Years ago, on my first visit to Whole Foods, I nearly passed out from the sheer number of choices. I had much the same response when I first set foot inside Larry’s Market, the now defunct supermarket that was one of the first, back in the 80s, to stay open for 24 hours. Even factoring for inflation, Whole Foods is far more overwhelming than Larry’s Market ever was.
What links them is the samples. At Larry’s Market, there were always little bread samples in the bakery and almost always some kind of sweet thing for afters. At the check-out, there was often a domed lid with chip samples under it. If you were lucky, someone might press a bite sized granola bar into your hand on the way out.
My orientation to grocery store sampling is that of a pudgy kid in the sixties. When I was growing up it wasn’t unusual for a stranger to approach an overweight kid eating a cookie at a picnic and say, “That’s the reason you’re fat.” In the way these things work, I was the one who ended up feeling ashamed, not the adult who felt so entitled to insult a child who took her comfort in the few places she could find it.
Enough of these experiences turned me into a secret sampler. I could smell a sample in the parking lot. I could suss out a whole store and find where they were handing out Tiger’s Milk samples in a futile attempt to popularize it. Though not technically a sample, I could finger the edge of wedding cake frosting left on the serving plate before the cake cutter turned back around to sink her knife in for another piece.
I think about how I got started on this life of sampling subterfuge sometimes when I am in a place like Whole Foods. There’s a way of lowering ones eyelids to half-mast in a disinterested survey, looking for a dome. Then circling the area like a predator, faking surprise when you come upon the prey, in this case, the do-nut holes.
I mention do-nut holes, because that’s how I set limits for myself. In a bakery, I only take a sample when there are do-nut holes. The truth is that most bakery goods look better than they taste. After you’ve been disappointed enough times, they don’t even look good anymore. But I like do-nut holes and they always taste the same, give or take a day’s staleness.
Do-nut holes were the de-fault sample at the old QFC on 15th NW. I understand that a whole family can lunch off the samples at the big warehouse stores. The West Seattle Thriftway for months put out samples of obscure little banana flavored sugar cookies that made the staff re-route themselves just to get another one. At the old Art’s Family Center which some of us still call Art’s, but which now is another QFC, you could always get salmon spread on either a Triscuit or a Wheat Thin. Or both if you were fast enough. The place to go for not just a sample, but a whole hunk of bread with butter is Great Harvest Bread Company.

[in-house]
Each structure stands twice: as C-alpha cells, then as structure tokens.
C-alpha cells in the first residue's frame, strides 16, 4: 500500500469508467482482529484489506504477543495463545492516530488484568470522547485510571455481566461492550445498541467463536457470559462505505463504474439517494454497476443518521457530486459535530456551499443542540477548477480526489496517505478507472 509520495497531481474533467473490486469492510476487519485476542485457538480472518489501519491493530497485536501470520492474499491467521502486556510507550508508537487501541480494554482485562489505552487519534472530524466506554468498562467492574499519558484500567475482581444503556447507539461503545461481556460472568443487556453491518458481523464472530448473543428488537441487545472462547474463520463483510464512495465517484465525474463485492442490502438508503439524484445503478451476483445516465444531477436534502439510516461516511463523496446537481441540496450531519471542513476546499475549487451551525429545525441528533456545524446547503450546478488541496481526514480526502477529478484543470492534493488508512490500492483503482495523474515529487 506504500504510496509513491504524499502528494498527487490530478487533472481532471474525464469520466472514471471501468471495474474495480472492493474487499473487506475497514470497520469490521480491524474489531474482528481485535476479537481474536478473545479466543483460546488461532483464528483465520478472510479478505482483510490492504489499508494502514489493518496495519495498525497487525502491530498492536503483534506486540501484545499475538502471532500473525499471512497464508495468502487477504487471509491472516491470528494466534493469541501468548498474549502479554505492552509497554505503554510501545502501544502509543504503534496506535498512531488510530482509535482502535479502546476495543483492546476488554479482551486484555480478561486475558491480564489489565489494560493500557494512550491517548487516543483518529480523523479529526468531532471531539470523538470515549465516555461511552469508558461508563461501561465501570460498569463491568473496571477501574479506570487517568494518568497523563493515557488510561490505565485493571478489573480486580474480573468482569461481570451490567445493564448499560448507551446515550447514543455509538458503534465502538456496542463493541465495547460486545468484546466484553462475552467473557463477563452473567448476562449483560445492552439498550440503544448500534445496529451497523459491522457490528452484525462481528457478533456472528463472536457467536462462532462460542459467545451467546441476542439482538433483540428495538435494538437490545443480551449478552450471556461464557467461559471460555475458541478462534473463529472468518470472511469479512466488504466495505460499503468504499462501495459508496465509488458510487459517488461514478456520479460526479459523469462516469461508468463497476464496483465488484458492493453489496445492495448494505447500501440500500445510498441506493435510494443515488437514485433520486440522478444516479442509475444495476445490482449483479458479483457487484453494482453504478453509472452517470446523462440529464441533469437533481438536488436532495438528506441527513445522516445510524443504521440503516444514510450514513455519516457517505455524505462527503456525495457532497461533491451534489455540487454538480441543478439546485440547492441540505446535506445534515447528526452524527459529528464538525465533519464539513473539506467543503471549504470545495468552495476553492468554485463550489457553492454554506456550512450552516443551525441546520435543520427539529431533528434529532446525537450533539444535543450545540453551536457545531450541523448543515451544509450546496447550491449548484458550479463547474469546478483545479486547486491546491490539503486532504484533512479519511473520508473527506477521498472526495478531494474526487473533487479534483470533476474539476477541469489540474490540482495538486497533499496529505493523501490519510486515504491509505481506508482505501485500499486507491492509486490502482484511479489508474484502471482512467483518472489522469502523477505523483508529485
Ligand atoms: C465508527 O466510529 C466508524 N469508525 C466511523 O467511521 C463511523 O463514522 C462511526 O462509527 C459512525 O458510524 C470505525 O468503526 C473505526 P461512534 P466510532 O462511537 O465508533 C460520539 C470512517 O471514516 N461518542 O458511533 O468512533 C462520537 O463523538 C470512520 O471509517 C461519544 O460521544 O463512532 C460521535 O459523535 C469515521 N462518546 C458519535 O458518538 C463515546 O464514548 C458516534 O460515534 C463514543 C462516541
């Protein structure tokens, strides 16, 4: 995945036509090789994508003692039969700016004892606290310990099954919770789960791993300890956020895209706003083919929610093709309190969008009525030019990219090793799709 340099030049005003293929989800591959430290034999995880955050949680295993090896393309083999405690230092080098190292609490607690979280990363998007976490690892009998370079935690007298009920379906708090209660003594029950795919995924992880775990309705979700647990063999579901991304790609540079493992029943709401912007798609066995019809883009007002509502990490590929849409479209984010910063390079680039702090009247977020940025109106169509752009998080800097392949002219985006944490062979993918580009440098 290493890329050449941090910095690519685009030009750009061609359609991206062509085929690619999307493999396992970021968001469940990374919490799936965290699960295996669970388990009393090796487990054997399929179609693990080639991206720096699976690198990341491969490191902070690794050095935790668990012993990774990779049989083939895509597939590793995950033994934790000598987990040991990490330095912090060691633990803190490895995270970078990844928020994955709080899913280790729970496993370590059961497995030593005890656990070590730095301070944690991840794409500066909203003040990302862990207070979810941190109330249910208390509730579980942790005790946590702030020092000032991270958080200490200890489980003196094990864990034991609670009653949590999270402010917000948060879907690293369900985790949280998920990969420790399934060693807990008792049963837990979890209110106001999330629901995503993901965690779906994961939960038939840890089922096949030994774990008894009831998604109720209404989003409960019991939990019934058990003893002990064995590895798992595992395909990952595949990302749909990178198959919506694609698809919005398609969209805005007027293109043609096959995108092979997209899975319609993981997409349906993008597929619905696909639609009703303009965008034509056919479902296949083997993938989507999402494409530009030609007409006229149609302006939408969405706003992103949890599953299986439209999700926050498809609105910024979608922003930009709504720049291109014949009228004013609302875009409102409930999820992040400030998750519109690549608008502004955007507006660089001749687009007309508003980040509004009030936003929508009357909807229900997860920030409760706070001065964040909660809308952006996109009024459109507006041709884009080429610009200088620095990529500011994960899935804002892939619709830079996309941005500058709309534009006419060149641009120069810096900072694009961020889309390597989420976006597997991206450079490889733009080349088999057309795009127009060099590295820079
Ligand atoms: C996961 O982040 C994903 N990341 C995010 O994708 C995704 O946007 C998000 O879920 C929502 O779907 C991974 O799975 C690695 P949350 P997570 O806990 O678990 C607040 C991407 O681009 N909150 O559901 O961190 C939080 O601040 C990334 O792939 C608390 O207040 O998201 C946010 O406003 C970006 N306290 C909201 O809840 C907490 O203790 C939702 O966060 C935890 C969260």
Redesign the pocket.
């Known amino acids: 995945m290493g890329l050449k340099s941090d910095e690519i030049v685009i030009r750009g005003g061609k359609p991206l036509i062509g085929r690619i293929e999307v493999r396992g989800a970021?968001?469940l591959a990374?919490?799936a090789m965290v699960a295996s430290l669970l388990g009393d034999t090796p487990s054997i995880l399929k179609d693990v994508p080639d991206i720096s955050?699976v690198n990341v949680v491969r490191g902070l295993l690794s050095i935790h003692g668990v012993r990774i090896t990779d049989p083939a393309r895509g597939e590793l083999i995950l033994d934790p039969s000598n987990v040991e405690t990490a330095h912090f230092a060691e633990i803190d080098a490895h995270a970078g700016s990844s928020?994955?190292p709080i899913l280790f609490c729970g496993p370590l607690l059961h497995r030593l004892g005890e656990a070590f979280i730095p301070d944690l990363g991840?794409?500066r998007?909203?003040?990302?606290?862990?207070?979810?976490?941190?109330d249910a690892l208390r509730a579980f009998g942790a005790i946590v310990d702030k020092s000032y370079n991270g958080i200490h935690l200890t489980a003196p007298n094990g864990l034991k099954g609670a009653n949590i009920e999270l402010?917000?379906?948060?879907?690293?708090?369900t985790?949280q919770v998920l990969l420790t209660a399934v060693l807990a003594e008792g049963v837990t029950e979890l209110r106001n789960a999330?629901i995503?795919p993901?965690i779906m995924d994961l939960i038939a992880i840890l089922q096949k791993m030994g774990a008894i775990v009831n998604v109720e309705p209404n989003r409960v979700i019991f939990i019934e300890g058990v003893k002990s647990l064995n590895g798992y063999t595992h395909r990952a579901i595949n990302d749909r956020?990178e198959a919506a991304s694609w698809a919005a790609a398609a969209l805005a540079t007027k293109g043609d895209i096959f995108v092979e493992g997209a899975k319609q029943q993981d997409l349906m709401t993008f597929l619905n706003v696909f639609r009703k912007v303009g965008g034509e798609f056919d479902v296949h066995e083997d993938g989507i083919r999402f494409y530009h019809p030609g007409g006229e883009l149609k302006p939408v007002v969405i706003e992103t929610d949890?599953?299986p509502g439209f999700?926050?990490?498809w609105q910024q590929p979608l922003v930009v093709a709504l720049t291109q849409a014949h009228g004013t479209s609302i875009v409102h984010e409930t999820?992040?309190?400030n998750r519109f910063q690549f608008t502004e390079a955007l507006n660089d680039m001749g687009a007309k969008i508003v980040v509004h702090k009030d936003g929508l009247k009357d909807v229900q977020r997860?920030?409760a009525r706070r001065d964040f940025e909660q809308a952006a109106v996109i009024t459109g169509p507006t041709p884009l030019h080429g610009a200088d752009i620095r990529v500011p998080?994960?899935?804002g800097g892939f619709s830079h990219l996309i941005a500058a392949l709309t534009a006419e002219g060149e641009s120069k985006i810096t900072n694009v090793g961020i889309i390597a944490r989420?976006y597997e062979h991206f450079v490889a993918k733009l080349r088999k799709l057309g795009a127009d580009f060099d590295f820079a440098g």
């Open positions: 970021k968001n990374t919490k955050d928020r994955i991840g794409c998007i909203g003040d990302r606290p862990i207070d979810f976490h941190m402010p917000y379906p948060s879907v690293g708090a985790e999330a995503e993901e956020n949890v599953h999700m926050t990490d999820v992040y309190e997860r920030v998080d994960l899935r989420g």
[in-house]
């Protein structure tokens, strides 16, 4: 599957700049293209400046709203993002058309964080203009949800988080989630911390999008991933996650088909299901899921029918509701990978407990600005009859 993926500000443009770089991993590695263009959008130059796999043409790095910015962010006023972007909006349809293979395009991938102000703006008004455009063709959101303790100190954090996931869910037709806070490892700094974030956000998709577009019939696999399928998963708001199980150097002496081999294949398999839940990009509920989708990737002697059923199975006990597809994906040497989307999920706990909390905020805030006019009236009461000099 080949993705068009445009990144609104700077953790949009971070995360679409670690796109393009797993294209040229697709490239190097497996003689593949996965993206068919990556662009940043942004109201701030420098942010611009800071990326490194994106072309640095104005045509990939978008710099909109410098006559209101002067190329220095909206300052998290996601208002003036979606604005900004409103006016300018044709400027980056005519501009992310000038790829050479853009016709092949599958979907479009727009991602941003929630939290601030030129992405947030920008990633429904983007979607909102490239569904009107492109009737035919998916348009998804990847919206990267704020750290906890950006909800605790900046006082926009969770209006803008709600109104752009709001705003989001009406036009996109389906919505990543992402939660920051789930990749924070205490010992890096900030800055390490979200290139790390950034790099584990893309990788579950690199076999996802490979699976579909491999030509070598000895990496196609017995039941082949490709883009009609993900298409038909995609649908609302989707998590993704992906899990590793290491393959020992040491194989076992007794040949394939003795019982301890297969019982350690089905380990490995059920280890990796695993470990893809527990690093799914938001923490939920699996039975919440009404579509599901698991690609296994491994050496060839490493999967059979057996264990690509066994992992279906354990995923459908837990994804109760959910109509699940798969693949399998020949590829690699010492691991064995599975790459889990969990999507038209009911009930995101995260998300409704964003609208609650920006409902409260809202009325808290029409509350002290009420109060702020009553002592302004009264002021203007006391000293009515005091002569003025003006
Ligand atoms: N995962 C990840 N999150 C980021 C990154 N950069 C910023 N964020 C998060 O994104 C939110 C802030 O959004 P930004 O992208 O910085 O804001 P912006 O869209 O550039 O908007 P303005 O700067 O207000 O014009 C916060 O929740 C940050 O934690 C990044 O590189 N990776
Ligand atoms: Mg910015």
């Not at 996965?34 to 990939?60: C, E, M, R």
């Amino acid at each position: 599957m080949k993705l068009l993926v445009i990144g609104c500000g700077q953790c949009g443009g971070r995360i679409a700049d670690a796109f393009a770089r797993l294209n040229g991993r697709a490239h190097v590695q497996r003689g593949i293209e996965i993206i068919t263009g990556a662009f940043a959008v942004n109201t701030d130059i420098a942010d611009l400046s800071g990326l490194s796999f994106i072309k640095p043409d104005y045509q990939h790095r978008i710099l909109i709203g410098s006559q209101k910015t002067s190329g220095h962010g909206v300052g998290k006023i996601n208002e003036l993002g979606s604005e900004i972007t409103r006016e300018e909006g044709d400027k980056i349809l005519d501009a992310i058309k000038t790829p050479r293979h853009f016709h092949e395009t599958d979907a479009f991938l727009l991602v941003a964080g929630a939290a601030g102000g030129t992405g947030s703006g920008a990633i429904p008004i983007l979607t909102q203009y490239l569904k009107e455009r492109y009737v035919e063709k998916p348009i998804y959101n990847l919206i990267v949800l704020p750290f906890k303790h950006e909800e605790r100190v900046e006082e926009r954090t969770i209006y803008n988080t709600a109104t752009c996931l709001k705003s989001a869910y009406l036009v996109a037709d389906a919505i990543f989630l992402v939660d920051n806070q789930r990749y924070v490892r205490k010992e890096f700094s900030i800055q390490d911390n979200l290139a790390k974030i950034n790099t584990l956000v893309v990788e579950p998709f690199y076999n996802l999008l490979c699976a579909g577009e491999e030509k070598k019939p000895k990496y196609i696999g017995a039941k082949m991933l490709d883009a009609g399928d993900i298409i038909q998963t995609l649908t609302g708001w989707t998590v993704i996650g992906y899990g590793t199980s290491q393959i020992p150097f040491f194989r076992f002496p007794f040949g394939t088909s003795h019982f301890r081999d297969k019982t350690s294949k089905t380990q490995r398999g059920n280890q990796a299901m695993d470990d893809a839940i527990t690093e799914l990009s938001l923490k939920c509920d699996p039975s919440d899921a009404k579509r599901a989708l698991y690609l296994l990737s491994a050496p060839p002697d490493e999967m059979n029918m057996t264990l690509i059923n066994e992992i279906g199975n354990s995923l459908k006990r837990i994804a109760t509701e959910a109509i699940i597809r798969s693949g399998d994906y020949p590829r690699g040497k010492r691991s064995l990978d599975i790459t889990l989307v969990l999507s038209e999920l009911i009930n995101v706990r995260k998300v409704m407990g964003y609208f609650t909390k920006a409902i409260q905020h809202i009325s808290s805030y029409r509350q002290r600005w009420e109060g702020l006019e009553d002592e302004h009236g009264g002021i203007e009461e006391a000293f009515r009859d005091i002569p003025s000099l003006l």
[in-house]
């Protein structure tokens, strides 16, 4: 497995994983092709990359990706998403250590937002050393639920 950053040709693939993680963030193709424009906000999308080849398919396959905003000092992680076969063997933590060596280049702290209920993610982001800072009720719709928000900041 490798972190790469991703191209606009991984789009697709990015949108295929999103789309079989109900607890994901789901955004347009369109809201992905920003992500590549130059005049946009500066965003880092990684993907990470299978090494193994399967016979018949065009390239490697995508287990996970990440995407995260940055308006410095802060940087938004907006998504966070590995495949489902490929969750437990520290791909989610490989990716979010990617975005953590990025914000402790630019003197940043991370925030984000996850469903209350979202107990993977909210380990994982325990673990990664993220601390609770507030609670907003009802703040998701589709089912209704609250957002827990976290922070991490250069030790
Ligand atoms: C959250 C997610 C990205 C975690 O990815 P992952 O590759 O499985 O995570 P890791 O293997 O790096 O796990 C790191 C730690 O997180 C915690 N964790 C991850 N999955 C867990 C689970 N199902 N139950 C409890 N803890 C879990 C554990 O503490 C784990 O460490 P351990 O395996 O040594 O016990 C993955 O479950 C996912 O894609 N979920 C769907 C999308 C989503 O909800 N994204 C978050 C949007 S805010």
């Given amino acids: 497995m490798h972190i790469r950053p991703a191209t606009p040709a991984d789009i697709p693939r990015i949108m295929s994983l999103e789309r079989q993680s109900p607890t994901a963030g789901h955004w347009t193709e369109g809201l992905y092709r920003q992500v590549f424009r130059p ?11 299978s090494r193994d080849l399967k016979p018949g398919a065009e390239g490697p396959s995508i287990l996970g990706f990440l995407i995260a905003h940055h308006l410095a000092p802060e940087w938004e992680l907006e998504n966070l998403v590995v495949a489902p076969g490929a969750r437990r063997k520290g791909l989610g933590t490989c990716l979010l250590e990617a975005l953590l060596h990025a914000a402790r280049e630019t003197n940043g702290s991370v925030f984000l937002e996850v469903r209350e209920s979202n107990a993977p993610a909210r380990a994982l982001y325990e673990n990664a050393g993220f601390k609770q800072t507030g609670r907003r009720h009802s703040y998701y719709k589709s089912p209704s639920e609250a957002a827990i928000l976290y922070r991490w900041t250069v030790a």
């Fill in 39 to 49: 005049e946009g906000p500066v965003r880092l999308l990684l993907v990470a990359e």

Speaking as a veteran sampler, I can say that Whole Foods does better than any store I have ever scavenged. On a good day, you can sample orange slices and grapes in the produce section, something smoked in the meat or fish section, chips and dip in aisle seven and washed down with coffee or tea one aisle over. Double back for the green liquid by the protein drinks or the artisanal granola in the cereal aisle, then due north to try some kefir, Yobaby or Greek yogurt. Any continental repast finishes with cheese of which there can easily be four different kinds to sample, and then if you are lucky enough to get to the domed lid in time, some tiramisu or fudge cake in the bakery. Whole Foods doesn’t do anything so down-market as do-nut holes.
But I have never seen anything like the sampler’s paradise that is Mackinac Island. The townies call the tourists “fudgies” with good reason. Every other store front on the main street is a candy kitchen and you can eat a pound of fudge in a day just from going in and out of them. Not that I ever did.
This last item is off topic by content, but not by free association. Jessie, my little fairy god-child from years past, could make my mother laugh outright at comments I could never have gotten past her. Jessie was with me one fourth of July when I went to see my parents in Olympia. We were putting together a hamburger supper and my mother was shaking the mustard bottle while she explained to Jessie that the first thing to come out the spout was usually water.
“Oh, I know all about that,” Jessie assured her. “That’s why I always get a mid-stream sample.”